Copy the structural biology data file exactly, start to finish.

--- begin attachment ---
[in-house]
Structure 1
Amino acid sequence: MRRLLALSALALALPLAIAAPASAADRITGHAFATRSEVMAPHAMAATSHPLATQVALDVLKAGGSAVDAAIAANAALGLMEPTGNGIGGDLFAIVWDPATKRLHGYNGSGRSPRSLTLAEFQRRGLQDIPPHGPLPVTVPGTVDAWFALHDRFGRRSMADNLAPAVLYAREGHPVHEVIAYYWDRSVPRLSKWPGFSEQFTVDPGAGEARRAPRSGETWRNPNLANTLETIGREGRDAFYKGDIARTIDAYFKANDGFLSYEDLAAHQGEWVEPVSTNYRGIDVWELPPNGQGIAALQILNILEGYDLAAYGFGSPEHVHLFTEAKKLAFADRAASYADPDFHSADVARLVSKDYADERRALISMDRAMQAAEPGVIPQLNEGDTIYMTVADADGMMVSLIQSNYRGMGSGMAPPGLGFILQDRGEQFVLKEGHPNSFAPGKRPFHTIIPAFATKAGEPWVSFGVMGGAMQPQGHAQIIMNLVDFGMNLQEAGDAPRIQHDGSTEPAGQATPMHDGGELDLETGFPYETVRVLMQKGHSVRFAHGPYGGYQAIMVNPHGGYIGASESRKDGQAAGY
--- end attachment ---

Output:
[in-house]
Structure 1
Amino acid sequence: MRRLLALSALALALPLAIAAPASAADRITGHAFATRSEVMAPHAMAATSHPLATQVALDVLKAGGSAVDAAIAANAALGLMEPTGNGIGGDLFAIVWDPATKRLHGYNGSGRSPRSLTLAEFQRRGLQDIPPHGPLPVTVPGTVDAWFALHDRFGRRSMADNLAPAVLYAREGHPVHEVIAYYWDRSVPRLSKWPGFSEQFTVDPGAGEARRAPRSGETWRNPNLANTLETIGREGRDAFYKGDIARTIDAYFKANDGFLSYEDLAAHQGEWVEPVSTNYRGIDVWELPPNGQGIAALQILNILEGYDLAAYGFGSPEHVHLFTEAKKLAFADRAASYADPDFHSADVARLVSKDYADERRALISMDRAMQAAEPGVIPQLNEGDTIYMTVADADGMMVSLIQSNYRGMGSGMAPPGLGFILQDRGEQFVLKEGHPNSFAPGKRPFHTIIPAFATKAGEPWVSFGVMGGAMQPQGHAQIIMNLVDFGMNLQEAGDAPRIQHDGSTEPAGQATPMHDGGELDLETGFPYETVRVLMQKGHSVRFAHGPYGGYQAIMVNPHGGYIGASESRKDGQAAGY